E-skin Enables Robots To Feel Pain, May Improve Future Prosthetic Limbs
Engineers from the University of Glasgow have created an electronic skin (e-skin) that could behave like natural human skin. The highly sensitive e-skin is capable of relaying information about the environment in the blink of an eye. It can also register pain. This development could improve prosthetic limbs by providing prosthetic users with near-human sensitivity to touch.
The prototype is the latest iteration of touch-sensitive robotics. Previous attempts have failed due to issues with relaying and translating large amounts of data into something meaningful.
The human peripheral nervous system inspired this new e-skin design. It begins processing sensations from the point of touch and sends only essential data to the brain. According to the engineers working on the e-skin, this approach in robotics means communication channels are freed up, which prevents the computer from being hampered with excessive sensory information.
The new e-skin prototype uses a grid of 168 synaptic transistors made from zinc-oxide nanowires, which could be spread across a flexible surface. The transistors are deployed across a human-shaped “hand” equipped with skin sensors that allow the robot to differentiate between light and heavy touch.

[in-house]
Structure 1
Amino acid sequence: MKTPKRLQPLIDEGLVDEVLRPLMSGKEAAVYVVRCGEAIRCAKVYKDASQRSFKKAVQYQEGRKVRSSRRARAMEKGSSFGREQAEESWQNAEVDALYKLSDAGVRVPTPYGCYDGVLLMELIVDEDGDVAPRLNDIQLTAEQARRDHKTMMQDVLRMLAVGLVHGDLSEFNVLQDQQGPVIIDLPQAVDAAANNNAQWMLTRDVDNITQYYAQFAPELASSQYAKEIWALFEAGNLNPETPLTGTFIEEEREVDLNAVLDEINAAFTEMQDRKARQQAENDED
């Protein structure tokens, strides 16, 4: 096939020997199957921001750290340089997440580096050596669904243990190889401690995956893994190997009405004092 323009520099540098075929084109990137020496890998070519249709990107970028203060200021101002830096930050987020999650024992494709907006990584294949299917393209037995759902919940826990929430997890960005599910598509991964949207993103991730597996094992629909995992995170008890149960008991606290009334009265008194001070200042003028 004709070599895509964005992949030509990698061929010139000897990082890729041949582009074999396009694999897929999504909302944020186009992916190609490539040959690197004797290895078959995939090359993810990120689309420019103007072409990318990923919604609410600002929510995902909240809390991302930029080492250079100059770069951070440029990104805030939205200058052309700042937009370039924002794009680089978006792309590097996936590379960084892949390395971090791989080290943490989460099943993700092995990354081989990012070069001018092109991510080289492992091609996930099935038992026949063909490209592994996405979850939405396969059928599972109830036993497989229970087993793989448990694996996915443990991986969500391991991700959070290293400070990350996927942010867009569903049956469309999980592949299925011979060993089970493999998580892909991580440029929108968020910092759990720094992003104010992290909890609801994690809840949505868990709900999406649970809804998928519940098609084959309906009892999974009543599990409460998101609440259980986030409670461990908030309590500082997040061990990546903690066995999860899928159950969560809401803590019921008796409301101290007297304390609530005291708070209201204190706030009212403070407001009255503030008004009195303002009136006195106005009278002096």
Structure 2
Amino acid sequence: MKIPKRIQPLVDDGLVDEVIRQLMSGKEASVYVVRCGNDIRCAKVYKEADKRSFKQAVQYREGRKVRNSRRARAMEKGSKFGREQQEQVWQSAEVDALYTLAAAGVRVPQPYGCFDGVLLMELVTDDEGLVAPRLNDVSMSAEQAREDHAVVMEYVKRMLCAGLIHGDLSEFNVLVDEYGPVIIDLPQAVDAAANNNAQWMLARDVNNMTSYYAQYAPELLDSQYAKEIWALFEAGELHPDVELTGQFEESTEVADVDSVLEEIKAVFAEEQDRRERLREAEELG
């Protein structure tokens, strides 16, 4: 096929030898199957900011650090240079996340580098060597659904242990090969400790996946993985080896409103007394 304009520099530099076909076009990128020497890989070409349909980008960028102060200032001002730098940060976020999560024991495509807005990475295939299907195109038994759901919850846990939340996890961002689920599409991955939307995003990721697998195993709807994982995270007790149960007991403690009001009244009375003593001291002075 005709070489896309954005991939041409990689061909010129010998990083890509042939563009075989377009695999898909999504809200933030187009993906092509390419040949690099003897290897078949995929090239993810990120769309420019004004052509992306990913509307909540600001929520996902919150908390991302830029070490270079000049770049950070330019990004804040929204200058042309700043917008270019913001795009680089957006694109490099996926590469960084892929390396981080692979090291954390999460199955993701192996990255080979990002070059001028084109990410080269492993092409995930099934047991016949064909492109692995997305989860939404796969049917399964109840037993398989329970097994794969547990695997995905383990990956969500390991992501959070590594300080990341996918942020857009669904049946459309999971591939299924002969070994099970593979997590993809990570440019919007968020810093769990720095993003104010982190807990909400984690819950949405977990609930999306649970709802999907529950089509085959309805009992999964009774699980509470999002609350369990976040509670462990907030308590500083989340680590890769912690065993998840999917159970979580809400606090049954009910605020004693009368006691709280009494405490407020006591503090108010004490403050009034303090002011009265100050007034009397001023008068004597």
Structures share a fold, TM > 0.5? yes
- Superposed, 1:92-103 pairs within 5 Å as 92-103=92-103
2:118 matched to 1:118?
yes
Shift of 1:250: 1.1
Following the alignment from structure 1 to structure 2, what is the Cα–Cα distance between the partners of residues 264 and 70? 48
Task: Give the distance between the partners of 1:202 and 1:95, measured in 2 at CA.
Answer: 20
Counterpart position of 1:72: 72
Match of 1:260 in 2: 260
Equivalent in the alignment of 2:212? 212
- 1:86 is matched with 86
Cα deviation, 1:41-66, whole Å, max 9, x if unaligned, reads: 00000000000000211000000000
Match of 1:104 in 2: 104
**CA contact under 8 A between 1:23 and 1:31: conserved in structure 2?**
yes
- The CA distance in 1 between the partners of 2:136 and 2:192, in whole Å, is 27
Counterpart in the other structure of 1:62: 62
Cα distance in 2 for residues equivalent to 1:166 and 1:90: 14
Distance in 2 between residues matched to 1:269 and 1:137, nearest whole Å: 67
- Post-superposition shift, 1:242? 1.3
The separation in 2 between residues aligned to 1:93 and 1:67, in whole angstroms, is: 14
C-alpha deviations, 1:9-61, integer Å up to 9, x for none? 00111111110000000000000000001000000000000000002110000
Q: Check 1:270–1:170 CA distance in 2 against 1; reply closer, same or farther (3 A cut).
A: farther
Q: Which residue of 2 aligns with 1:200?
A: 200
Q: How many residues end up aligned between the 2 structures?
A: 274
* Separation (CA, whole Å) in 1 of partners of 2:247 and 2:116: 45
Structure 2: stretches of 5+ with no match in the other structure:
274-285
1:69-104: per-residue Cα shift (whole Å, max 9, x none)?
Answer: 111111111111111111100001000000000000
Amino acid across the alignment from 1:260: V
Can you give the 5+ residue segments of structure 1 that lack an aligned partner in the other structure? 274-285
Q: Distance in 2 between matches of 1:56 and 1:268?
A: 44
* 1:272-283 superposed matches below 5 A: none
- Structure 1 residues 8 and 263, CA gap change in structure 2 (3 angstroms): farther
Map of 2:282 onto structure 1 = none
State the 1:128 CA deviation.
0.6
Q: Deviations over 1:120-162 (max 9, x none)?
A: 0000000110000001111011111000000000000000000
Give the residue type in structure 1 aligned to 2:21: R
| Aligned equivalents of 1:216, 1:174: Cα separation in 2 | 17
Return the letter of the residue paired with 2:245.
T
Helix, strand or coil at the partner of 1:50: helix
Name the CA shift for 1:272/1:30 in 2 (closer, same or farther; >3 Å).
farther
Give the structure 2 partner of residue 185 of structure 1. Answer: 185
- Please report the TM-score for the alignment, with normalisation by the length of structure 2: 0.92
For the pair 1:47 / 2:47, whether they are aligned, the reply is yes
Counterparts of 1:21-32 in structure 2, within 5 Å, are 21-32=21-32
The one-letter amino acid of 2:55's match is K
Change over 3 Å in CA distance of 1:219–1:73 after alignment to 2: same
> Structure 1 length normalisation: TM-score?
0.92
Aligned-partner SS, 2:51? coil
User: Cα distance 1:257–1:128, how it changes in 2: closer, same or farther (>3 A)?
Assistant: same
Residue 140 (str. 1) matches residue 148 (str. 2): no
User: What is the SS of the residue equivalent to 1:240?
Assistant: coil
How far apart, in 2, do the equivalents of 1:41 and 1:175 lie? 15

Enhancing a robot’s sensitivity to pain will facilitate the machine’s trial and error learning. In a statement, Professor Ravinder Dahiya, head of the university’s Bendable Electronics and Sensing Technologies (BEST) group, said that this development “could be a real step forward in our work towards creating large-scale neuromorphic electronic skin capable of responding to stimuli.”
Besides creating robotics that could learn to interpret their environment and avoid injury, the e-skin is forecast to be used for prosthetic limbs someday.
In the same statement, Fengyuan Liu, the study’s co-author, said that “this research could be the basis for a more advanced” e-skin that could enable robots to explore and interact with the world in new ways. This could also pave the way for prosthetic limbs capable of “near-human levels of touch sensitivity.”
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